The term "vital records" refers to documents relating to an individual's birth, marriage and death. These types of records can be found in both official, or governmentally sanctioned, and unofficial forms. Official vital records are the birth, marriage and death registries maintained by the state of Wisconsin. The UW-Parkside Archives has these records for 1906 and earlier years.
Unofficial vital records include the sacramental records of churches, hospital records, funeral home and cemetery records and materials like scrapbooks that have been collected by individuals. The UW-Parkside Archives has a variety of these unofficial vital records for Racine and Kenosha Counties, but by no means is it a comprehensive or exhaustive collection.
Search this database for pre-1907 Vital Records (VR), including birth, death, and marriage records. Our staff can help retrieve any record pertaining to Racine or Kenosha Counties. This index also covers 150,000 Wisconsin Name Index (WNI) records, including biographical sketches, obituaries, and newspaper articles published before 2000.
Pages 1 through 80 of Vol. 1 contain a register of marriages, 1850-1853, recorded by the Circuit Court Clerk, showing the names of the bride, groom, and official performing the ceremony; date and place of the ceremony; and parents' consent in cases where the bride or groom was a minor.
Wisconsin State Death Virtual-fiche Database, 1959-1979
Use search box to enter the surname of your subject and click [begin search]. Results will link you to a virtual-fiche image. Click on the "go to fiche" link in the upper right hand corner to search the index. Select the "idx" link at the upper left of the sheet to locate the corresponding square for your subject's information. (Your subject will be found in the square of the name alphabetically most closely preceding your subject's.) Clicking on the referred to square will result in a list of names in alphabetical order with each person's date of death, county, age, etc.
The Wisconsin Vital Records Services processes vital records requests (including divorce) for events after 1907.
Order certified copies of Racine County vital records (with government seal) for your immediate family from Racine County Register of Deeds.
Site allows you to order copies of Kenosha County vital records or real estate documents online with a credit card.
Researchers who are unable to locate ancestor's that lived close to the Illinois border may find relief when visiting these databases. Here, one is able to search a statewide marriage index for the years 1763 to 1900, an index on death certificates for the years 1916 to 1950 and many veteran records.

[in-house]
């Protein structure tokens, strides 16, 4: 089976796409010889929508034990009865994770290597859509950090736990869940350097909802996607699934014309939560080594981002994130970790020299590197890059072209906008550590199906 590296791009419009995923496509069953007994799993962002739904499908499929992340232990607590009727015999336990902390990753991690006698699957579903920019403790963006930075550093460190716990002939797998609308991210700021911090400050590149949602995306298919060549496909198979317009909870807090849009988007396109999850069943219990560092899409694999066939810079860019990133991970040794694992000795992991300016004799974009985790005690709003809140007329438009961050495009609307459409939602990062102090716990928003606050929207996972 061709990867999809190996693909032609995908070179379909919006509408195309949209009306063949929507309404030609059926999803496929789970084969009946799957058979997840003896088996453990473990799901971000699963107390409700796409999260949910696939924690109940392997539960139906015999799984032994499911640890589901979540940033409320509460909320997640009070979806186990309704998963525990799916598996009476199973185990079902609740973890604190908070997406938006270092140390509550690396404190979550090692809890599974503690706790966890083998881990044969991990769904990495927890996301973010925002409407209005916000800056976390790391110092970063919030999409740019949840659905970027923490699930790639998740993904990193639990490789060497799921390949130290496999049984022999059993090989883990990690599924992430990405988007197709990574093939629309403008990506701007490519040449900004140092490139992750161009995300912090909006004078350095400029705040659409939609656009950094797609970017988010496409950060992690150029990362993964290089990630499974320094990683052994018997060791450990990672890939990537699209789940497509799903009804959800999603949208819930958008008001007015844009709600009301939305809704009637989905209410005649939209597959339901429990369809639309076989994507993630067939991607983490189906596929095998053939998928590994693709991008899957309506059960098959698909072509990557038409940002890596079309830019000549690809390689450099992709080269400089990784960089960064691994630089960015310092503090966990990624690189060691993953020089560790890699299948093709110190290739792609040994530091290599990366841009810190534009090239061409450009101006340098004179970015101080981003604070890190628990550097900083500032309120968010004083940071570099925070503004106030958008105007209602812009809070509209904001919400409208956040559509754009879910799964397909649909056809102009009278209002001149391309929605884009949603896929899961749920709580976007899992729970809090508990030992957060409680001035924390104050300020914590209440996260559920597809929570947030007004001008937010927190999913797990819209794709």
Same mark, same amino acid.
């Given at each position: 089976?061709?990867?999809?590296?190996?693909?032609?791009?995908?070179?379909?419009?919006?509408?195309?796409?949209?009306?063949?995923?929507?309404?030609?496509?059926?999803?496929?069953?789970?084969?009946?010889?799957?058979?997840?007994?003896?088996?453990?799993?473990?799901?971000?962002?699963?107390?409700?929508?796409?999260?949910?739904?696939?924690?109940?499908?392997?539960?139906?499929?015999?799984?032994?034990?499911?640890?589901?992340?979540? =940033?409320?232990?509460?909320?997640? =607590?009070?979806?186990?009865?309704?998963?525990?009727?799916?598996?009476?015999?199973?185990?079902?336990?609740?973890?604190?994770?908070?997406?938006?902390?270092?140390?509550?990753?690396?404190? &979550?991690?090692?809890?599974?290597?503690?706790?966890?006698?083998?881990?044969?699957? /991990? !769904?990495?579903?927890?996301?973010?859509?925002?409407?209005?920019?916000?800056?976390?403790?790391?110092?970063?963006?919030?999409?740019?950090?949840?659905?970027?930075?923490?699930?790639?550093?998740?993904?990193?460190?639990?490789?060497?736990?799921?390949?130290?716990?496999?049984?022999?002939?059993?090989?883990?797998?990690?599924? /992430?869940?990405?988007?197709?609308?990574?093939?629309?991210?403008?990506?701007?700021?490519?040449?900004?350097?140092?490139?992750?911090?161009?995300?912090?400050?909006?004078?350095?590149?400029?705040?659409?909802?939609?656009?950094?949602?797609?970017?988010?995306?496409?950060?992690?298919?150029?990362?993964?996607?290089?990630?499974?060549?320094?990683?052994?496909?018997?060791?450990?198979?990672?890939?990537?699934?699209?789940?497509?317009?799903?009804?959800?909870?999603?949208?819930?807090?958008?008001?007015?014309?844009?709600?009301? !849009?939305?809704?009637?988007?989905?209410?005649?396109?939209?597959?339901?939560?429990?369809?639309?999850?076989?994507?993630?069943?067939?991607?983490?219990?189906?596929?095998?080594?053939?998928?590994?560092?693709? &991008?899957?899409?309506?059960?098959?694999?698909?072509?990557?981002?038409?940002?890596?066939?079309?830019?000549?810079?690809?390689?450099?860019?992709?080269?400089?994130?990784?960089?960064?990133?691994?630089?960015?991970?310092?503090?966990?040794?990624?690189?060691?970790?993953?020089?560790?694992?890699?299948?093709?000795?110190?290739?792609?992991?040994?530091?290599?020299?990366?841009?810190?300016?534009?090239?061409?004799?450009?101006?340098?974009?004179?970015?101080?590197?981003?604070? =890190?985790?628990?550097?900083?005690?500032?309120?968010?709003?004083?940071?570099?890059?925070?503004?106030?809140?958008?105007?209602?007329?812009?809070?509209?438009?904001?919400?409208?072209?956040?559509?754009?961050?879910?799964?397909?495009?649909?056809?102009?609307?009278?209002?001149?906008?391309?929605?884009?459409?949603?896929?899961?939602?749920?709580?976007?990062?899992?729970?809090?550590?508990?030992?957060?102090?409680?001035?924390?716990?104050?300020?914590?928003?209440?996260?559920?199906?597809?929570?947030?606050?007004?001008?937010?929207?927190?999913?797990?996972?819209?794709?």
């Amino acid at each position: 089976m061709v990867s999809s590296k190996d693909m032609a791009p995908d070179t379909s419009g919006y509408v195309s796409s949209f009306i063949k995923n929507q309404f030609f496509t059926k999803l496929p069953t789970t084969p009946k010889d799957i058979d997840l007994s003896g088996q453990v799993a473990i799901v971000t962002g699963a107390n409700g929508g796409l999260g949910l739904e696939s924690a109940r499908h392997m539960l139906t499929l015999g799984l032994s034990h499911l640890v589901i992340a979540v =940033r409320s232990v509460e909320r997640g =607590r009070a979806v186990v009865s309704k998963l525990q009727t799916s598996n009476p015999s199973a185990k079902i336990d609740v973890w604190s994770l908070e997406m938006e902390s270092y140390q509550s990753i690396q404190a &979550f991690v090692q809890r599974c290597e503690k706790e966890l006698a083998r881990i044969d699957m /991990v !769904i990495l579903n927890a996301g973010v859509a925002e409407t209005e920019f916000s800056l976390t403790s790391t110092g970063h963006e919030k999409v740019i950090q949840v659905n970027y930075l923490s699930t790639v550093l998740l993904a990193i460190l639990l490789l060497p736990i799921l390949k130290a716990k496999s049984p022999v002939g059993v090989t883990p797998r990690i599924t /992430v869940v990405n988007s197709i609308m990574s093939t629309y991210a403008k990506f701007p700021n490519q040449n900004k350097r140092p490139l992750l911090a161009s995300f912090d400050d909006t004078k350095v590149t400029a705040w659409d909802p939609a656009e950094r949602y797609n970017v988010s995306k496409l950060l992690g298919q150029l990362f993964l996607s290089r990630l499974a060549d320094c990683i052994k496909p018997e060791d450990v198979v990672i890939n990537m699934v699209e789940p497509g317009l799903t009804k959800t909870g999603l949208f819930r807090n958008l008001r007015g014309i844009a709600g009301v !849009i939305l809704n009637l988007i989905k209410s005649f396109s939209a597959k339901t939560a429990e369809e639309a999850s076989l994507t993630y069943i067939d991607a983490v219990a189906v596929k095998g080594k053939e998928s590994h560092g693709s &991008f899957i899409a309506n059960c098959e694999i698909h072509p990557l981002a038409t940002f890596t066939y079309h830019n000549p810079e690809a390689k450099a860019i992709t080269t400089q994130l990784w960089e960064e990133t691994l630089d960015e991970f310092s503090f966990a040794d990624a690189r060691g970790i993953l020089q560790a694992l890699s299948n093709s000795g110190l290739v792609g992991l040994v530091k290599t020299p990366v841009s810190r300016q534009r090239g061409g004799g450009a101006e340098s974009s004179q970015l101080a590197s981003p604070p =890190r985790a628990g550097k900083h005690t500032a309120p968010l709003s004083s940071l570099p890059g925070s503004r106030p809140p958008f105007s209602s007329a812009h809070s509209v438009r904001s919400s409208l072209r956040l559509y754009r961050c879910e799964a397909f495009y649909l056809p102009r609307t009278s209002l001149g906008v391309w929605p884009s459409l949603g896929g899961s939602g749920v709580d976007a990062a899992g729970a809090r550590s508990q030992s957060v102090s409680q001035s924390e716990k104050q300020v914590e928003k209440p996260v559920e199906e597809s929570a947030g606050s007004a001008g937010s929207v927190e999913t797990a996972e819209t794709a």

Information on the Illinois Adoption Registry and Medical Information Exchange, a valuable resource for those adopted, those who have given a child up for adoption and family historians. The site includes an extensive FAQ page.
Wisconsin's Birth Registry: From 1852 to 1897, physicians, midwives or others attending a birth, or the parents if no one else was present, were required to file a certificate of birth with the county register of deeds within thirty days of the birth. Unfortunately, this requirement was widely disregarded; so many 19th century births were never recorded on Wisconsin's birth registry. After July, 1897, the certificate of birth was to be filed with the local health officer or local clerk if there was no health officer, who then forwarded the certificate to the register of deeds. The register of deeds entered information from the certificates into a separate registry book and submitted a copy of the registry semiannually to the Secretary of State, before October 1907, and to the Bureau of Health Statistics after October, 1907.
Wisconsin's Marriage Registry: In Wisconsin from 1836 to 1907, clergy, justices of the peace and others solemnizing marriages were required to submit a certificate for each marriage performed. Before 1852, these certificates were to be submitted to county clerks. After 1852, the certificates were submitted to the county register of deeds. Prior to 1905, the register of deeds was required to enter the information from the certificates into a registry book, maintain an index to that book and send a copy of the registrations to the Secretary of State. After 1905, the copies were submitted to the state Bureau of Vital Statistics, now the Bureau of Health Statistics.
Wisconsin's Death Registry: From 1852 to 1897, a physician attendant at a death was required to submit a death certificate to the county register of deeds. In 1897, the requirement to file a certificate was extended to all deaths, whether or not a physician was present. Legislation passed that year made it illegal for a sexton, undertaker, or other person to bury anyone without obtaining a burial permit from the local health officer or clerk. The burial permit was to be issued only if a death certificate had been submitted. The register of deeds recorded the information from the death certificate in two identical volumes. The county retained one volume; the other was forwarded to the Secretary of State before 1908 and to the Bureau of Health Statistics for 1908 and later.